The Making of Honduras United

SAN PEDRO SULA — Most New Yorkers are at least vaguely aware of the political turmoil occurring in Honduras. A brief synopsis: Three months ago, a group of soldiers led by Roberto Micheletti ousted President Manuel Zelaya, whom they feared was aligning himself with Venezuelan president Hugo Chavez. The international community opposed the coup, leveling sanctions that cost a reported $400 million. (In a sign of the times, the de facto government hired lobbyists to state its case.) The United States government revoked the visas of Honduran officials. Although conditions are improving — Micheletti’s troops reopened the borders and airports last week — the mood remains tense as the two sides attempt to reconcile.

What most New Yorkers don’t know is that on Saturday night in San Pedro Sula — the county’s economic and industrial capital (as well as the center for gang violence) — Honduras’s national soccer team will play the U.S. in one of the Central American squad’s most important matches of the past 25 years.

More than 45,000 fans will pack Estadio Olímpico Metropolitano, and the rest of the country’s 8 million soccer-crazed citizens will watch as the team attempts to qualify for the 2010 World Cup in South Africa. Through eight of ten games during the final round of qualification, the Americans and the Hondurans sit in first and third place, respectively, of the six-team tournament, with the top-three outfits earning a spot in the world’s biggest sporting event next summer. Defeat the Stars and Stripes, and Los Catrachos will at worst need a tie against lowly El Salvador in their last match next Wednesday to qualify for their first World Cup since 1982. This would be equivalent to every professional sports team in New York clinching a playoff berth for the first time in a quarter century on the same day. In other words, a massive party.

Actually, in a country desperate for distraction if not unity, it’s going to be a fiesta regardless of the outcome.

“Oh, hell yeah. People are coming from everywhere,” said Benji, who says he lived at 165th and Broadway in New York before moving to Central America, Thursday in San Pedro Sula. “Whether we win or we lose, it’s going to be a party in the street.”

Saturday night might be a celebration, but until then it’s business as usual in SPS. Stores display Honduran jerseys for sale in every window and street vendors hawk team scarves and hats. (Why anyone would want a blue-and-white knit scarf, given the oppressive heat and humidity, is beyond me.) The majority of the people walking around said they barely felt the effects of the coup. While there were a couple of break-ins at local McDonald’s and a nationwide curfew during the first couple of days that altered everyone’s lifestyle, life has essentially returned to normal.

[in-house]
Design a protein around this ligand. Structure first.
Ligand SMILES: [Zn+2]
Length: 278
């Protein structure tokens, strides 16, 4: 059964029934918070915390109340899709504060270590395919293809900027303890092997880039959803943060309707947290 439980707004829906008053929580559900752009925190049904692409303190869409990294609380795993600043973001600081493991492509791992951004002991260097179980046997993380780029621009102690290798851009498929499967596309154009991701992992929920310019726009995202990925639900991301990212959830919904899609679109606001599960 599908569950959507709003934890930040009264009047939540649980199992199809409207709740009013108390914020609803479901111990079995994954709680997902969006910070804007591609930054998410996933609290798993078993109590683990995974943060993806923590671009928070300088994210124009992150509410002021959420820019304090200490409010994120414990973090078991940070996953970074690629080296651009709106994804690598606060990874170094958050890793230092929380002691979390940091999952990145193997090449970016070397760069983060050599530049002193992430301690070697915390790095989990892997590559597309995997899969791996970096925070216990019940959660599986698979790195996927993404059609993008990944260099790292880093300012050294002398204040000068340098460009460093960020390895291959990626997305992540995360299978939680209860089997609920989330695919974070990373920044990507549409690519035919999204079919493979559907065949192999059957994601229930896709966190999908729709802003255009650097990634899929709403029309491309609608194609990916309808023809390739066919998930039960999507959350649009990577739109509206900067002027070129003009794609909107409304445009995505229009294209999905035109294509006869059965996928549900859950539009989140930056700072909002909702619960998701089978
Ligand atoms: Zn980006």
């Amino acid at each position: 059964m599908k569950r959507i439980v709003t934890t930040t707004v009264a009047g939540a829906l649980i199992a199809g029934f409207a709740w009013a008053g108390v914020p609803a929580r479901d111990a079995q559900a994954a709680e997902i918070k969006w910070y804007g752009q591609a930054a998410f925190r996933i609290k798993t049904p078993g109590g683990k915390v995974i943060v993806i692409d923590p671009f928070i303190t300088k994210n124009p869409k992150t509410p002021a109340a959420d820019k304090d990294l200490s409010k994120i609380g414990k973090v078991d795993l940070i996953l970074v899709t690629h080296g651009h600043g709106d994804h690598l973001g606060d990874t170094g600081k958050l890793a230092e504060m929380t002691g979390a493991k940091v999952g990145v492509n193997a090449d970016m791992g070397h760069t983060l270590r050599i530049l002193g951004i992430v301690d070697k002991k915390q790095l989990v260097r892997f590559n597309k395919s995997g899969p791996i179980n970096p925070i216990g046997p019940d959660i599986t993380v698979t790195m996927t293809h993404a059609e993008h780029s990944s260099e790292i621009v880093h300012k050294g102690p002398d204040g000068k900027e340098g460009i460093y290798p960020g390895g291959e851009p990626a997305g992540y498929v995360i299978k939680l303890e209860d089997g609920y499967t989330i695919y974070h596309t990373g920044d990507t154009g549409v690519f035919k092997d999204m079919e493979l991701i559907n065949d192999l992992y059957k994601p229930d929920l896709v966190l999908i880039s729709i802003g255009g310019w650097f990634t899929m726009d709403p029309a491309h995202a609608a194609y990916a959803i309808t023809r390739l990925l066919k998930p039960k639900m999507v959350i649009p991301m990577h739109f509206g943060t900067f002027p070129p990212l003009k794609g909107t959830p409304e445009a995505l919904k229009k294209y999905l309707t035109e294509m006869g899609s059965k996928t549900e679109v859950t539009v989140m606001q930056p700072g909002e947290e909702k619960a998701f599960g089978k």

“If you’re fighting, you can’t work,” Juan Pablo told me as he drove a friend and me in his taxi to watch a local youth team practice. “[Residents in San Pedro Sula] just want to work.”

Still, Saturday night’s match represents a chance for the 8 million citizens split among political parties to unite under the banner of a common flag.

“It’s probably the best distraction,” said Pablo, who divides his time between a construction job in Boston and his boyhood home of San Pedro. “For those ten hours or the whole day, we will be unified.”

I met Odulio while he was standing around Parque Central — a popular pastime in a nation where official unemployment exceeds 27 percent. He underscored the importance of soccer, and specifically qualifying for the World Cup, to Honduras.

“[The game is] much bigger than what’s been happening [in Tegucigalpa],” he said. “This is something everyone can unify around.”

And what of Honduras’s chances to defeat the visiting side? On paper, the U.S. fields a better squad, and in June they defeated Honduras 2–1 at Chicago’s Toyota Park. In soccer, however, home-field advantage plays a massive role. Olímpico Metropolitano doesn’t feature the bumpy Astroturf of Costa Rica’s Estadio Ricardo Saprissa or the sheer intimidation of Mexico’s football cathedral, Estadio Azteca, where 100,000-plus fans rise into the sky, but Reinaldo Rueda’s team boasts an 8–0–0 record there during the past two years of World Cup qualifying. Dedicated supporters will turn out in mass to cheer against the Red, White, and Blue.

“They don’t care about their beans and rice on Saturday,” Pablo explained when asked if the difficult economic climate would keep fans away. “They will starve to see this team.”

Samuel, a teenager lacing up his sneakers after training with his team, summed up the sentiment of an entire nation.

“Qualifying for the World Cup would only be the biggest thing ever,” he said.

Political strife, it seems, is temporary. Success in fútbol lasts.

Editor’s note: This article originally misstated the meaning of Los Catrachos. The Sports Section regrets the error.

The Making of Honduras United